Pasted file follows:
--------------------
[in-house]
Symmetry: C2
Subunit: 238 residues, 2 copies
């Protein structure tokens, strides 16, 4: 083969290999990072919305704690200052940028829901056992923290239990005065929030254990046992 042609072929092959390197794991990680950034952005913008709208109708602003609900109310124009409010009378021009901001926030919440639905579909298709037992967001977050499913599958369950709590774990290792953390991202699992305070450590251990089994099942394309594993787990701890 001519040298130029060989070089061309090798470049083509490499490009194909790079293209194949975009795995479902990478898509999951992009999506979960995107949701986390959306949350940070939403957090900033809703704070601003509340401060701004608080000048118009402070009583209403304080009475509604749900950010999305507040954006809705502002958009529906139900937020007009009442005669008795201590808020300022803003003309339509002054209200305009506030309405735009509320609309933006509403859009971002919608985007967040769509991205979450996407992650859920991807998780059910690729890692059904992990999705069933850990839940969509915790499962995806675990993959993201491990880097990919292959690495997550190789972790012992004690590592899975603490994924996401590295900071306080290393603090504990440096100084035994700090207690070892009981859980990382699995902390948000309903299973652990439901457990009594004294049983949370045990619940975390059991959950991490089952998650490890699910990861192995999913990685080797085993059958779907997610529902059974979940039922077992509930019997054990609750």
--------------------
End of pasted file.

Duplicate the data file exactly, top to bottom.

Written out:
[in-house]
Symmetry: C2
Subunit: 238 residues, 2 copies
């Protein structure tokens, strides 16, 4: 083969290999990072919305704690200052940028829901056992923290239990005065929030254990046992 042609072929092959390197794991990680950034952005913008709208109708602003609900109310124009409010009378021009901001926030919440639905579909298709037992967001977050499913599958369950709590774990290792953390991202699992305070450590251990089994099942394309594993787990701890 001519040298130029060989070089061309090798470049083509490499490009194909790079293209194949975009795995479902990478898509999951992009999506979960995107949701986390959306949350940070939403957090900033809703704070601003509340401060701004608080000048118009402070009583209403304080009475509604749900950010999305507040954006809705502002958009529906139900937020007009009442005669008795201590808020300022803003003309339509002054209200305009506030309405735009509320609309933006509403859009971002919608985007967040769509991205979450996407992650859920991807998780059910690729890692059904992990999705069933850990839940969509915790499962995806675990993959993201491990880097990919292959690495997550190789972790012992004690590592899975603490994924996401590295900071306080290393603090504990440096100084035994700090207690070892009981859980990382699995902390948000309903299973652990439901457990009594004294049983949370045990619940975390059991959950991490089952998650490890699910990861192995999913990685080797085993059958779907997610529902059974979940039922077992509930019997054990609750």